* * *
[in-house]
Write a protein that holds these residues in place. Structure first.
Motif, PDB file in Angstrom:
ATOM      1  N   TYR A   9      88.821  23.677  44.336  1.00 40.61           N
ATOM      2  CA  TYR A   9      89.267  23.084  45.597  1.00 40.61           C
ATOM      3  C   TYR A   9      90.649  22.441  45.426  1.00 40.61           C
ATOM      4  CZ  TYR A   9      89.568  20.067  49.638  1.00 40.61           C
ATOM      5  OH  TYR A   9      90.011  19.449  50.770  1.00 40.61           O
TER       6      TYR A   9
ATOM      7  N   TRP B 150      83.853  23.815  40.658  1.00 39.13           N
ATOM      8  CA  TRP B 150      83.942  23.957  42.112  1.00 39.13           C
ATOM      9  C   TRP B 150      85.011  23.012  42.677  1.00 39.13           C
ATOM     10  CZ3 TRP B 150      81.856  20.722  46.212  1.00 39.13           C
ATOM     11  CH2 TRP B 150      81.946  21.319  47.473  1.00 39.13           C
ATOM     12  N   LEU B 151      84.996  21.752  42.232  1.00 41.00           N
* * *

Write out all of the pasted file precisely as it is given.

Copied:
[in-house]
Write a protein that holds these residues in place. Structure first.
Motif, PDB file in Angstrom:
ATOM      1  N   TYR A   9      88.821  23.677  44.336  1.00 40.61           N
ATOM      2  CA  TYR A   9      89.267  23.084  45.597  1.00 40.61           C
ATOM      3  C   TYR A   9      90.649  22.441  45.426  1.00 40.61           C
ATOM      4  CZ  TYR A   9      89.568  20.067  49.638  1.00 40.61           C
ATOM      5  OH  TYR A   9      90.011  19.449  50.770  1.00 40.61           O
TER       6      TYR A   9
ATOM      7  N   TRP B 150      83.853  23.815  40.658  1.00 39.13           N
ATOM      8  CA  TRP B 150      83.942  23.957  42.112  1.00 39.13           C
ATOM      9  C   TRP B 150      85.011  23.012  42.677  1.00 39.13           C
ATOM     10  CZ3 TRP B 150      81.856  20.722  46.212  1.00 39.13           C
ATOM     11  CH2 TRP B 150      81.946  21.319  47.473  1.00 39.13           C
ATOM     12  N   LEU B 151      84.996  21.752  42.232  1.00 41.00           N